I rarely read novels in the heavily saturated Amish genre but I have enjoyed the ones from Chapman. I find them to be a good exploration of the Plain lifestyle as it intersects with the “Englisch.” I always like a good mystery and Chapman has included one here.
Part of what I find attractive in Chapman's writing is how she informs readers of the Plain lifestyle. Like urban families who deal with the increase in technology, so do those in this segment of the Amish. Some have phones in their workshops. All use a communal telephone shack. Some use solar panels, the blessing of which the bishop gives in this novel. There is a reference to American life in the decade before WW I and how it is similar to Plain life today.
Chapman centers on a problem we all face at some time. People may not be who they seem to be. Such is the case in the Plain community in Monte Vista, Colorado. It leads to murder and danger to members of the community. I like how Henry, the bishop of the book's title, enlists the entire community to help solve the mystery.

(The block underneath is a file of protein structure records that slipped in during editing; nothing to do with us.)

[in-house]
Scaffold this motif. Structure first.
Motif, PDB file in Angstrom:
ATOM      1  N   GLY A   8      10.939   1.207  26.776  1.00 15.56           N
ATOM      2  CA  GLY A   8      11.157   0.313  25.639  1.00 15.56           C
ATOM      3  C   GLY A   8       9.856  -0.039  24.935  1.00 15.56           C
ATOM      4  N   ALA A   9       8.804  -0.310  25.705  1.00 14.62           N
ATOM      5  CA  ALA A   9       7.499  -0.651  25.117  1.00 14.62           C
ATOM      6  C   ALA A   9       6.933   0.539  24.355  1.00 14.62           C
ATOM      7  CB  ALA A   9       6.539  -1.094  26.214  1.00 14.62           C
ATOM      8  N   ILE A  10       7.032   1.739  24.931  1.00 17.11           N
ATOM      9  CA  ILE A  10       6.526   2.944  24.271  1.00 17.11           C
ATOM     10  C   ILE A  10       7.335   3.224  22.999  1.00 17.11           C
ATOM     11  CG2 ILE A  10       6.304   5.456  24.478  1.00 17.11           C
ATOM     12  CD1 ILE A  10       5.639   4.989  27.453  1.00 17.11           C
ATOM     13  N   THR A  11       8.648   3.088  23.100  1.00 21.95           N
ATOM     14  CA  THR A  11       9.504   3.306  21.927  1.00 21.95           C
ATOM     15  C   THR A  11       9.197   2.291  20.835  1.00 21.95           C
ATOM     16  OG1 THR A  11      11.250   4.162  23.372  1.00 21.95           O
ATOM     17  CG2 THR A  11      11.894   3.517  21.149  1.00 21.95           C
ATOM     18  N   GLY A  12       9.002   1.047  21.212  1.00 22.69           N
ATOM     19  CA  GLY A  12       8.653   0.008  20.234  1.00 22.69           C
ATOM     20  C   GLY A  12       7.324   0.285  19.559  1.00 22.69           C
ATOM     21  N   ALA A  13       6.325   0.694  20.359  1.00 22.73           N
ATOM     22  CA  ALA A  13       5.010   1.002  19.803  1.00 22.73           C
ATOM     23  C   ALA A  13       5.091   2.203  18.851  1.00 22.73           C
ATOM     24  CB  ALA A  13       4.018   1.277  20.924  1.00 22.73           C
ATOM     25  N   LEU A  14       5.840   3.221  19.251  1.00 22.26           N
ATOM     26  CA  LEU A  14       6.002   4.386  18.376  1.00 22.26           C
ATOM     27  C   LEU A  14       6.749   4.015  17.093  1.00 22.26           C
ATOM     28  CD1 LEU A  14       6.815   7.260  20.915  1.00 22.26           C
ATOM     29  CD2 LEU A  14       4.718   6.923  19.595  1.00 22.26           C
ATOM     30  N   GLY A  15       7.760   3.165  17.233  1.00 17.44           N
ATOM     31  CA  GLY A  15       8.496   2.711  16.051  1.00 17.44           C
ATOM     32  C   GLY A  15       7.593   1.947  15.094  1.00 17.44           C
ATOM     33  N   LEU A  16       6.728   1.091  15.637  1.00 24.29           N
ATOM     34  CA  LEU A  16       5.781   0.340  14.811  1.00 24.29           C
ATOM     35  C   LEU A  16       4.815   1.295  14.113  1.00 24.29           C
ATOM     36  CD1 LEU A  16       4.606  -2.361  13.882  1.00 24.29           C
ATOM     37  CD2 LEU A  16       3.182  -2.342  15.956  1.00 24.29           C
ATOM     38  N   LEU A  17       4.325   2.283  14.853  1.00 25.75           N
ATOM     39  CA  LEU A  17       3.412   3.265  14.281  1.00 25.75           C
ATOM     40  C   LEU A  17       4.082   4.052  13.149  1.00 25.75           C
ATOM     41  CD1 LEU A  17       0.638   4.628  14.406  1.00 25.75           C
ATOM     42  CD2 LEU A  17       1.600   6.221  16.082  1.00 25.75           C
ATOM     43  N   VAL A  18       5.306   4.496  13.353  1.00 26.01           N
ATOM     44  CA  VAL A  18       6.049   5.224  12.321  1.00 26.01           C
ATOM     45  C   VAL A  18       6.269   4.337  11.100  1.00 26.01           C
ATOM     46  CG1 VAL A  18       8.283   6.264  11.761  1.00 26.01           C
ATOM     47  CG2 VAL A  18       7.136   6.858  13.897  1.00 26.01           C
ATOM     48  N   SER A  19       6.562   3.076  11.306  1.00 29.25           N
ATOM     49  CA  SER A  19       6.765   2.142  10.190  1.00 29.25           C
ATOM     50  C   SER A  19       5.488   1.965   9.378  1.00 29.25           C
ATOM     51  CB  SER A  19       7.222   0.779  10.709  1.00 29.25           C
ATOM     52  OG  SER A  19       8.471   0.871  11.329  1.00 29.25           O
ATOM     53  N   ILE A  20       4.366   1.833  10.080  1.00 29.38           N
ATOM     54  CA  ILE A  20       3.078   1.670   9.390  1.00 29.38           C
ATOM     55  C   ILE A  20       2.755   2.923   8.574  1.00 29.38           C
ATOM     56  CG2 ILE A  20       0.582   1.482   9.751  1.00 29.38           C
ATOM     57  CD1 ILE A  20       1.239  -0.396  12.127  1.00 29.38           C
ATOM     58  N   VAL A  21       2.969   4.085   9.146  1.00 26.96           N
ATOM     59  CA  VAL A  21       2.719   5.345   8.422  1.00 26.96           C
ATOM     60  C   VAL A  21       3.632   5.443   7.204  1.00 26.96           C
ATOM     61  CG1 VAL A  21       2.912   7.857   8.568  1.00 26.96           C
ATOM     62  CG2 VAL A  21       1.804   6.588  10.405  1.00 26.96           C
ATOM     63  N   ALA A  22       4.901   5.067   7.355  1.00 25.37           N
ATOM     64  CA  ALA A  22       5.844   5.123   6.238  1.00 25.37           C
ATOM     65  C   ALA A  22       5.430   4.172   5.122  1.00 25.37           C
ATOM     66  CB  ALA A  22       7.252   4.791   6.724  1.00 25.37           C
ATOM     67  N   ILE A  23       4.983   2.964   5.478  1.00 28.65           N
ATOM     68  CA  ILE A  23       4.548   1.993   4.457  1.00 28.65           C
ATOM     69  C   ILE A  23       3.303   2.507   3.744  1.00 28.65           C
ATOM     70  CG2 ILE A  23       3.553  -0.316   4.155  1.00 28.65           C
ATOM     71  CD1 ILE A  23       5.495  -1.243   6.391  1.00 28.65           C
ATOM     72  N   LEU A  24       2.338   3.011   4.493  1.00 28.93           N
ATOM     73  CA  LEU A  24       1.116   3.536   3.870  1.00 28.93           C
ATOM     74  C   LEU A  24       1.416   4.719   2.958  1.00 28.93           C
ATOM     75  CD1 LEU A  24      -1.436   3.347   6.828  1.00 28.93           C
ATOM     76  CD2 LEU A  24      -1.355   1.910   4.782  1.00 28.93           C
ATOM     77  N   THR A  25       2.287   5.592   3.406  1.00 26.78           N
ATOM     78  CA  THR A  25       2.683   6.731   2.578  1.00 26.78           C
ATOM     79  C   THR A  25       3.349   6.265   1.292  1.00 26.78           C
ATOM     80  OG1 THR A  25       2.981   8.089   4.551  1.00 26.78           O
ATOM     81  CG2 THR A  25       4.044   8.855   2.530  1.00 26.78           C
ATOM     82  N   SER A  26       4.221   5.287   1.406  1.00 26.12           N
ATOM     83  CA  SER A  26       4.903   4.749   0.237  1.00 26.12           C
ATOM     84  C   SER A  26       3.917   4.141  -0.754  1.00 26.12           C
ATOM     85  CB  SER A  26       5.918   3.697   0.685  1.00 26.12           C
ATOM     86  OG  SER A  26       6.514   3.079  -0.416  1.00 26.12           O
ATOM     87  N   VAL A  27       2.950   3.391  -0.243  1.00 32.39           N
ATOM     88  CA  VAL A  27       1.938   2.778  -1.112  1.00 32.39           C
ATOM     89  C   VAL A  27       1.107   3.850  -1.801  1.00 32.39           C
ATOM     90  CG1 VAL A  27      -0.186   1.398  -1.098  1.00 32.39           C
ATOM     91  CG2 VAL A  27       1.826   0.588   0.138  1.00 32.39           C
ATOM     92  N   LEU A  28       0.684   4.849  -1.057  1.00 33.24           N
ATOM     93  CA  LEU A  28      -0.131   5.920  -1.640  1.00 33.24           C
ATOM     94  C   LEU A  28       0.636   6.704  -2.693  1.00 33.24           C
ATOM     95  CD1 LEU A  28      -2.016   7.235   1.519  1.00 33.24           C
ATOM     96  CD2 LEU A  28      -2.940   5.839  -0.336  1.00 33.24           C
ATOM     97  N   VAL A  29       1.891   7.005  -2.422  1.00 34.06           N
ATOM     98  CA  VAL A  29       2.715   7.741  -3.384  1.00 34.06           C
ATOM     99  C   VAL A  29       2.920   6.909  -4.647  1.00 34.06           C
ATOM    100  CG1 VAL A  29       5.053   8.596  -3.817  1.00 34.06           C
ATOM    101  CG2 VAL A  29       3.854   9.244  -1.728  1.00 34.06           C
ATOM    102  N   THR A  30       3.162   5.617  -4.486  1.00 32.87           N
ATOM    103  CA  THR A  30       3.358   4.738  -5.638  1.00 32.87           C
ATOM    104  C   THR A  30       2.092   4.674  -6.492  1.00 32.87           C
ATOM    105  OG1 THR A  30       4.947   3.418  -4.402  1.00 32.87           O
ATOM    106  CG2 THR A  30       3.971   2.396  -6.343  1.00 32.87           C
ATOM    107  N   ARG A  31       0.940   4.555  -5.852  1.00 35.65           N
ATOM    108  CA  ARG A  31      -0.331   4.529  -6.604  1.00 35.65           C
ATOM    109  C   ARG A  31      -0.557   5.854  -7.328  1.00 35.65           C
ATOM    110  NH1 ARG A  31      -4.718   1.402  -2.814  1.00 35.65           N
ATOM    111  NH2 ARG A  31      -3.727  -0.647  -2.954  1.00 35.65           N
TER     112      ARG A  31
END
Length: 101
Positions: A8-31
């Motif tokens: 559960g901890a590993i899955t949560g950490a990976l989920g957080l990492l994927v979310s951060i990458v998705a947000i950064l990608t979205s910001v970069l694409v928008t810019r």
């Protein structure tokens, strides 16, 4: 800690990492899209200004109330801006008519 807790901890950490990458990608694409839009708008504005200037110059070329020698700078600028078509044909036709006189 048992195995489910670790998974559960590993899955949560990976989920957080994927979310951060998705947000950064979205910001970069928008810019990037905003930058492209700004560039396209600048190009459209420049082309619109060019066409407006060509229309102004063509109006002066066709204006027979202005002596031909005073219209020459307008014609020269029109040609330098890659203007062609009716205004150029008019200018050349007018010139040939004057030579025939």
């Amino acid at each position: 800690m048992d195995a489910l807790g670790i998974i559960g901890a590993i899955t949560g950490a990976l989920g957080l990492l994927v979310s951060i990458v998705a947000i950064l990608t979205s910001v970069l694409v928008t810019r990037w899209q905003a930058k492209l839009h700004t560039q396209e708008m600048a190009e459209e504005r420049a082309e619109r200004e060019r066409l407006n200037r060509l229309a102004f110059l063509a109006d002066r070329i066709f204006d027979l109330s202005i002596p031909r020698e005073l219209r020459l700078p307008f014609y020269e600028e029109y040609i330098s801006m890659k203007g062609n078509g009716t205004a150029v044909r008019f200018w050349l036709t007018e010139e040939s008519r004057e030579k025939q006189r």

Chapman has placed a few transcripts of sheriff interviews within the narrative. I really felt that broke the rhythm of the plot. I would have rather had her write the scenes as regular action. Other than that, I enjoyed the plot and the good character development. It has been fun getting to know Henry, Emma, and the others in the community. I do recommend this novel to mystery lovers but start with the first in the series. This novel reads well on its own but following Henry's experiences from the beginning is even better.
My rating: 4/5 stars.
Vannetta Chapman was a teacher for fifteen years and now writes full time. She writes romantic suspense and Amish novels. She and her husband live in the Texas Hill Country. You can find out more atwww.vannettachapman.com.
Harvest House, 352 pages.
I received a complimentary egalley from the publisher. My comments are an independent and honest review.